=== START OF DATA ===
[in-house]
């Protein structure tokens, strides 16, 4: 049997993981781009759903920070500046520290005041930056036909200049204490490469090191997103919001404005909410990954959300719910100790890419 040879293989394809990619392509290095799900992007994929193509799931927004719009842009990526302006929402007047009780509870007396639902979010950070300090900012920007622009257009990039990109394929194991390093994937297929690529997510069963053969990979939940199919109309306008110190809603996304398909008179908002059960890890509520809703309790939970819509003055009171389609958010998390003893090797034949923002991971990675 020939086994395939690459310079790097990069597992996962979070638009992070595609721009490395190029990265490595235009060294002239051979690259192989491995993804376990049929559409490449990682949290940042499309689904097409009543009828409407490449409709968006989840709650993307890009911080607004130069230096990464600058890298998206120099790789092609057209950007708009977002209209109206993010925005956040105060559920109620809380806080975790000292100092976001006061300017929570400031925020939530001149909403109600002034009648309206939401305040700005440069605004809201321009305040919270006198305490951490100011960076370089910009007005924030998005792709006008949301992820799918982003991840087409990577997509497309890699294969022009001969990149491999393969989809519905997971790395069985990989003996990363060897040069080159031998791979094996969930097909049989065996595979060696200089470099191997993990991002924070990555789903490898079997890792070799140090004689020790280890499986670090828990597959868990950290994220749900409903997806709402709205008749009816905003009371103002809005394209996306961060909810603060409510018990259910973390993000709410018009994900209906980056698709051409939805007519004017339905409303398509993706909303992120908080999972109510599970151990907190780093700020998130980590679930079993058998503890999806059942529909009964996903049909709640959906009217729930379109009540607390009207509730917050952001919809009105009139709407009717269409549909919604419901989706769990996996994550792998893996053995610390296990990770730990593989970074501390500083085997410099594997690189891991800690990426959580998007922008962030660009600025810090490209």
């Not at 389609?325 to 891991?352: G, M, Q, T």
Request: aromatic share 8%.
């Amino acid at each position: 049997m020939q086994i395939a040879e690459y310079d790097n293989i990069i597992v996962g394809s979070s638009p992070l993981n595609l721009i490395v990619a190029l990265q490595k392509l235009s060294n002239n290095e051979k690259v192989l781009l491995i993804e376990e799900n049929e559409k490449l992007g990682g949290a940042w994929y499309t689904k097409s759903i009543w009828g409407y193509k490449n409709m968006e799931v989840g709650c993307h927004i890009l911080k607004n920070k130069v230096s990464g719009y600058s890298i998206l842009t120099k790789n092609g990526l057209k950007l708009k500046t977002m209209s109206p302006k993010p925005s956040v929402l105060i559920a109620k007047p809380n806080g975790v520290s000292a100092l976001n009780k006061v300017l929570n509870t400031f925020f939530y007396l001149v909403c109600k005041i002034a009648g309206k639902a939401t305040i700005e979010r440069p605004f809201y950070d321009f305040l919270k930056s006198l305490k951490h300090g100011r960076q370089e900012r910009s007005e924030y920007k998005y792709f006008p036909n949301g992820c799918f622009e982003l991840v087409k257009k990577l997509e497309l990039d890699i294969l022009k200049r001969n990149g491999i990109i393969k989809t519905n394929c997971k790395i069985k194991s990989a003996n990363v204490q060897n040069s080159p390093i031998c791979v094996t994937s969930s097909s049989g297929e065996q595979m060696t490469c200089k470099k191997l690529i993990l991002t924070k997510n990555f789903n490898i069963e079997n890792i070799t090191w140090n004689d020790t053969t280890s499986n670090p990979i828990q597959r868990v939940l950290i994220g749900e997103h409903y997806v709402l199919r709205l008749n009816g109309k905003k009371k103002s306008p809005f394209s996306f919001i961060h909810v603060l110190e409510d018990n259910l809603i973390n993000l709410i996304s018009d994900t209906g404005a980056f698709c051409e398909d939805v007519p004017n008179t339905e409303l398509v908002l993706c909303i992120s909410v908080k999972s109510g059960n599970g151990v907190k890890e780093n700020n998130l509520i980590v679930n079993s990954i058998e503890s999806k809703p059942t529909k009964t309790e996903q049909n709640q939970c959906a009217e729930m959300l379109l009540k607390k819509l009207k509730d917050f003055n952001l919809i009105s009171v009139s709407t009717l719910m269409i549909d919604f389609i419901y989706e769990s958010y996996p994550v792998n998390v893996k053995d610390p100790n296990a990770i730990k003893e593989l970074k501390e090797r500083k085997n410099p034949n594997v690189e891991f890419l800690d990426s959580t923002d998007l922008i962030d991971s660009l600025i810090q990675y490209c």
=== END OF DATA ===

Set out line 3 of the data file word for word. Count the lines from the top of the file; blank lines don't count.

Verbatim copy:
């Not at 389609?325 to 891991?352: G, M, Q, T």